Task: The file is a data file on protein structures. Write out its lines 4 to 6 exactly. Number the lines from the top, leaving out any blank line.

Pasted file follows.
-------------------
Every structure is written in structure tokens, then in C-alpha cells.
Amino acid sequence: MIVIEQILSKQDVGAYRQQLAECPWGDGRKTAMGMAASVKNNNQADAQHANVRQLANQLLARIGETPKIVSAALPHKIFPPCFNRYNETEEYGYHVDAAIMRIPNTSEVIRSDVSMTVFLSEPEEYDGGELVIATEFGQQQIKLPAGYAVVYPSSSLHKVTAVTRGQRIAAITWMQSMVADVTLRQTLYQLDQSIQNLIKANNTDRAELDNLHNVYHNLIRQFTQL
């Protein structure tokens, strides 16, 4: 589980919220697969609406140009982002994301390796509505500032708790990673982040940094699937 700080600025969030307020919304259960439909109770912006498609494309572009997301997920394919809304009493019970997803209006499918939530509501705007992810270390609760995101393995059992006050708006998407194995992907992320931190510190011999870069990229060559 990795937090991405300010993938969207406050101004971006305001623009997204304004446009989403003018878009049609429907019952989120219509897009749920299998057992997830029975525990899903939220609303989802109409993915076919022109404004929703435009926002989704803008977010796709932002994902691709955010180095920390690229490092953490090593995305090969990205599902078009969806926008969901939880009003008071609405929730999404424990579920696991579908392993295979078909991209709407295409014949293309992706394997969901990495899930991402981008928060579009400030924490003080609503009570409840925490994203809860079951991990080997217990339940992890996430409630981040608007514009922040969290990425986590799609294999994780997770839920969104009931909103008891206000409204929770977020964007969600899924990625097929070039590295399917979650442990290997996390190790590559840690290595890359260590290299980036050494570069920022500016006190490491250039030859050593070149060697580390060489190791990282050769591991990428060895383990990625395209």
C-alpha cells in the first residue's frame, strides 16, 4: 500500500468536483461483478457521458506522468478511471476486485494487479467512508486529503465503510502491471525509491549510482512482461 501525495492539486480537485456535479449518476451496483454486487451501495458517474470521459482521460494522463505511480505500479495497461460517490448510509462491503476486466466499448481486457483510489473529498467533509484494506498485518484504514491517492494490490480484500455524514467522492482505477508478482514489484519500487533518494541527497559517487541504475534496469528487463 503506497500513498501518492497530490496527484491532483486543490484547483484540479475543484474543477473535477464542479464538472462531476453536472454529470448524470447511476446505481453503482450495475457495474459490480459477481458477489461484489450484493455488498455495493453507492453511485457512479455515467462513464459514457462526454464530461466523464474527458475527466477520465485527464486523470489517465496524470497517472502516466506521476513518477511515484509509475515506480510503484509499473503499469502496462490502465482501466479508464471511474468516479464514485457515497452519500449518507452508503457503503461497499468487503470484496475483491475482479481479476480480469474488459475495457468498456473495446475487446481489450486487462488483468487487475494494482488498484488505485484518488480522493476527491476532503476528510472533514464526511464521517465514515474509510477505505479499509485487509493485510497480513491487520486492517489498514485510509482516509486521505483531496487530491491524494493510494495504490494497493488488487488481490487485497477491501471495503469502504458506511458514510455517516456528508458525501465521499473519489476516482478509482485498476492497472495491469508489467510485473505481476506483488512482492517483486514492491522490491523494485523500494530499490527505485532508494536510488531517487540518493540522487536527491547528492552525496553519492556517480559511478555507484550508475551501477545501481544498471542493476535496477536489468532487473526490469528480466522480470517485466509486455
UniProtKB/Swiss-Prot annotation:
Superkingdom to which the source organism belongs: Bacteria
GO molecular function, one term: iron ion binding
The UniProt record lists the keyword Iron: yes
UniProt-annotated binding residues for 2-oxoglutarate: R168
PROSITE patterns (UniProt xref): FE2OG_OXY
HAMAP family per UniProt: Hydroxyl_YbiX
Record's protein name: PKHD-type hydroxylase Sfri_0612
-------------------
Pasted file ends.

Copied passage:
C-alpha cells in the first residue's frame, strides 16, 4: 500500500468536483461483478457521458506522468478511471476486485494487479467512508486529503465503510502491471525509491549510482512482461 501525495492539486480537485456535479449518476451496483454486487451501495458517474470521459482521460494522463505511480505500479495497461460517490448510509462491503476486466466499448481486457483510489473529498467533509484494506498485518484504514491517492494490490480484500455524514467522492482505477508478482514489484519500487533518494541527497559517487541504475534496469528487463 503506497500513498501518492497530490496527484491532483486543490484547483484540479475543484474543477473535477464542479464538472462531476453536472454529470448524470447511476446505481453503482450495475457495474459490480459477481458477489461484489450484493455488498455495493453507492453511485457512479455515467462513464459514457462526454464530461466523464474527458475527466477520465485527464486523470489517465496524470497517472502516466506521476513518477511515484509509475515506480510503484509499473503499469502496462490502465482501466479508464471511474468516479464514485457515497452519500449518507452508503457503503461497499468487503470484496475483491475482479481479476480480469474488459475495457468498456473495446475487446481489450486487462488483468487487475494494482488498484488505485484518488480522493476527491476532503476528510472533514464526511464521517465514515474509510477505505479499509485487509493485510497480513491487520486492517489498514485510509482516509486521505483531496487530491491524494493510494495504490494497493488488487488481490487485497477491501471495503469502504458506511458514510455517516456528508458525501465521499473519489476516482478509482485498476492497472495491469508489467510485473505481476506483488512482492517483486514492491522490491523494485523500494530499490527505485532508494536510488531517487540518493540522487536527491547528492552525496553519492556517480559511478555507484550508475551501477545501481544498471542493476535496477536489468532487473526490469528480466522480470517485466509486455
UniProtKB/Swiss-Prot annotation:
Superkingdom to which the source organism belongs: Bacteria